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Firm Management

How Humor Can Create a Positive Culture in Client Service

This not only creates closer client relationships, but also fosters a sense of teamwork and collaboration both with peers. An added benefit? Research has shown that cultures where humor plays an important role have increased shareholder returns of 19%.


By Jackie Kolek

If you work in a client services profession – for instance, an accounting or consulting firm – you understand that you need to wear many hats (at least to be successful within the company). But, what some may not understand prior to entering the business, and ingratiating themselves in the day-to-day, is that you also need to try on many different personalities as well.

Of course, this isn’t on the level of James McAvoy in the movie Split – employees aren’t changing who they are as people, but there is indeed a level of morphing that needs to happen day-in and day-out.

Given the number of clients that employees are working with at any given time, there is a constant need to adjust how you communicate, how you approach situations, and ultimately how you solve problems. Some clients may prefer witty banter, others are straight to the point; some may prefer to give you the reins, while others will want to be more involved in processes.

With all of that said, it can be difficult to maintain one holistic culture separate from clients. Fortunately, this is something an agency and/or firm can cultivate through different actions, including using humor and levity (when appropriate) as a way to build bonds, strengthen empathy and enhance “chameleon-like” capabilities.

This not only creates closer client relationships, but also fosters a sense of teamwork and collaboration both with peers. An added benefit? Research has shown that cultures where humor plays an important role have increased shareholder returns of 19%.

Here are a few ways in which humor not only enhances culture, but builds strong employees on an individual level as well

  • Betters listening skills.
    • Humor, due to the connective nature required, encourages active listening. People not only have to listen intently to what others are saying, but continue the conversation in a relevant and engaging way. This not only makes people better listeners, but encourages them to be better conversationalists and creatives as well. They can read the room and therefore understand the needs those within the room as well, including colleagues, employees and clients.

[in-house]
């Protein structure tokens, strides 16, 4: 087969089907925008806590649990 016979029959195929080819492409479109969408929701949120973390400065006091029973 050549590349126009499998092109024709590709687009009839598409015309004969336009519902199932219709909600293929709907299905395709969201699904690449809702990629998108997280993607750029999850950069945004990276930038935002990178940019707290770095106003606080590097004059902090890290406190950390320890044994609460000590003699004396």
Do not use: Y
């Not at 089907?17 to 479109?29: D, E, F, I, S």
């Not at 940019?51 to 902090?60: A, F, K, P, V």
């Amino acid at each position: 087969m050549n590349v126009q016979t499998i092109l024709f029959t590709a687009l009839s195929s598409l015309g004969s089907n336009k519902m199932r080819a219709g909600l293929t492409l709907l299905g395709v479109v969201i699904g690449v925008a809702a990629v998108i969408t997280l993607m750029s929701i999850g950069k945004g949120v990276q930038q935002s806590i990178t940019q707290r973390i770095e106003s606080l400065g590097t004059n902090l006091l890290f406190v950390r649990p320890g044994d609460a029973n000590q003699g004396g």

• Magnifies leadership skills.
    • Ultimately, leadership skills are rooted in finding common ground, and the ability to adjust based on what any given audience wants or needs. In any given moment, it’s about reading the room and pivoting when need be. This is exactly the same as comedy, except as it relates to improv. These kinds of “redirecting” leadership skills – including those that take bits and pieces of input and strategies to make one, cohesive plan – all which can quite directly stem from humor training, can be the reason an agency wins (and keeps) new business.
  • Builds resilience.
    • Taking into consideration lingering and latent after-shocks of the pandemic, as well as the great resignation, creating a more resilient workforce is a top concern among many leaders – a big question on executives’ minds is, how can our people bounce back from setbacks and learn from mistakes? Well, as we all know from seeing comedians flop on stage, resiliency is a key part of their set, and their overall business success. Using pivoting skills inherent in humor, employees and leaders can become more resilient in the face of disapproval and adversity; furthermore, it also encourages them to become more self-reflective in a constructive way. This is key for leading a winning business, particularly throughout disruptive moments in time.

Overall, the most important skill that can be learned from humor is the ability to recover (and subsequently excel) from failure; to take things that have gone wrong, and right them in the future. In client services, this can be spread across an agency or company and applied to both new business and future clients, and ultimately become part of the fabric of the company.

And while the above aren’t the only ways to maintain culture in a client services business, they are certainly helpful in providing a foundation to do so. Using humor as a bedrock for all staff to stand on, during both times of success and times of disruption – and despite a deluge of different clients with different personalities and values – guarantees a way to always bring them back “home.”


As Chief Innovation Officer at Peppercomm, Jackie Kolek is responsible for identifying challenges and opportunities clients are facing and developing new solutions and services to help them mitigate risks and capitalize on changes to drive their business forward. Kolek leads key client accounts and drives new business acquisition. She currently leads the firm’s financial and professional services sector, developing and executing fully-integrated campaigns including media relations, social media, content development, content marketing, experiential and crisis communications, particularly within highly regulated organizations.